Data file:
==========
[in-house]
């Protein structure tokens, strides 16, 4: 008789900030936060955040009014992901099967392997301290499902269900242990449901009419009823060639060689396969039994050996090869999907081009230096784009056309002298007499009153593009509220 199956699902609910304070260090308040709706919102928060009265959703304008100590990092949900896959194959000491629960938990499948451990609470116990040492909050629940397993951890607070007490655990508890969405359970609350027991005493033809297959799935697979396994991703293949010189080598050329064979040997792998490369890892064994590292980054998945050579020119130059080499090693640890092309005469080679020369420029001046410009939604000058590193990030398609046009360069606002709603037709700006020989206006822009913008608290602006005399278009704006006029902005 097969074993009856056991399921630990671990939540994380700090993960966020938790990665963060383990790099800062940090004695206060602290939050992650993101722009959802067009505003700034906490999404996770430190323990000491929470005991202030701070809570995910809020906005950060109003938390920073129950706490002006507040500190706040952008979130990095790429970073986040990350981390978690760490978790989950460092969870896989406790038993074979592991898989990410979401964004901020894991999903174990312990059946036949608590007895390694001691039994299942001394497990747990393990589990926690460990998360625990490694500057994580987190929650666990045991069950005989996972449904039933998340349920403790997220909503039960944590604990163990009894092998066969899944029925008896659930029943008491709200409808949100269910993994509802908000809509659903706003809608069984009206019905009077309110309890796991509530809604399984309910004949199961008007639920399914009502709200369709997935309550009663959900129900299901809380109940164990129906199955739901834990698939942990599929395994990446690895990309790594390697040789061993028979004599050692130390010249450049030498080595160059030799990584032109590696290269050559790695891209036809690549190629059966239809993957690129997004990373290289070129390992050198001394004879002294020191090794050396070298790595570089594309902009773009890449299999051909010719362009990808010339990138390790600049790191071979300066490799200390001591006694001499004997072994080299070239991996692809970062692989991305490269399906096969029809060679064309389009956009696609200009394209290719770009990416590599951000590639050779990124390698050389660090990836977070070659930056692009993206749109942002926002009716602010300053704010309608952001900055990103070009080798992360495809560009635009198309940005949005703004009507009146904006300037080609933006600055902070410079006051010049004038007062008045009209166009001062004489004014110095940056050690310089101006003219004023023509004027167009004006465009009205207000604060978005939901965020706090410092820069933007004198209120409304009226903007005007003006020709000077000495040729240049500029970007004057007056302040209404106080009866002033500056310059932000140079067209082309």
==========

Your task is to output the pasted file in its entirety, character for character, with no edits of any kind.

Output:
[in-house]
């Protein structure tokens, strides 16, 4: 008789900030936060955040009014992901099967392997301290499902269900242990449901009419009823060639060689396969039994050996090869999907081009230096784009056309002298007499009153593009509220 199956699902609910304070260090308040709706919102928060009265959703304008100590990092949900896959194959000491629960938990499948451990609470116990040492909050629940397993951890607070007490655990508890969405359970609350027991005493033809297959799935697979396994991703293949010189080598050329064979040997792998490369890892064994590292980054998945050579020119130059080499090693640890092309005469080679020369420029001046410009939604000058590193990030398609046009360069606002709603037709700006020989206006822009913008608290602006005399278009704006006029902005 097969074993009856056991399921630990671990939540994380700090993960966020938790990665963060383990790099800062940090004695206060602290939050992650993101722009959802067009505003700034906490999404996770430190323990000491929470005991202030701070809570995910809020906005950060109003938390920073129950706490002006507040500190706040952008979130990095790429970073986040990350981390978690760490978790989950460092969870896989406790038993074979592991898989990410979401964004901020894991999903174990312990059946036949608590007895390694001691039994299942001394497990747990393990589990926690460990998360625990490694500057994580987190929650666990045991069950005989996972449904039933998340349920403790997220909503039960944590604990163990009894092998066969899944029925008896659930029943008491709200409808949100269910993994509802908000809509659903706003809608069984009206019905009077309110309890796991509530809604399984309910004949199961008007639920399914009502709200369709997935309550009663959900129900299901809380109940164990129906199955739901834990698939942990599929395994990446690895990309790594390697040789061993028979004599050692130390010249450049030498080595160059030799990584032109590696290269050559790695891209036809690549190629059966239809993957690129997004990373290289070129390992050198001394004879002294020191090794050396070298790595570089594309902009773009890449299999051909010719362009990808010339990138390790600049790191071979300066490799200390001591006694001499004997072994080299070239991996692809970062692989991305490269399906096969029809060679064309389009956009696609200009394209290719770009990416590599951000590639050779990124390698050389660090990836977070070659930056692009993206749109942002926002009716602010300053704010309608952001900055990103070009080798992360495809560009635009198309940005949005703004009507009146904006300037080609933006600055902070410079006051010049004038007062008045009209166009001062004489004014110095940056050690310089101006003219004023023509004027167009004006465009009205207000604060978005939901965020706090410092820069933007004198209120409304009226903007005007003006020709000077000495040729240049500029970007004057007056302040209404106080009866002033500056310059932000140079067209082309």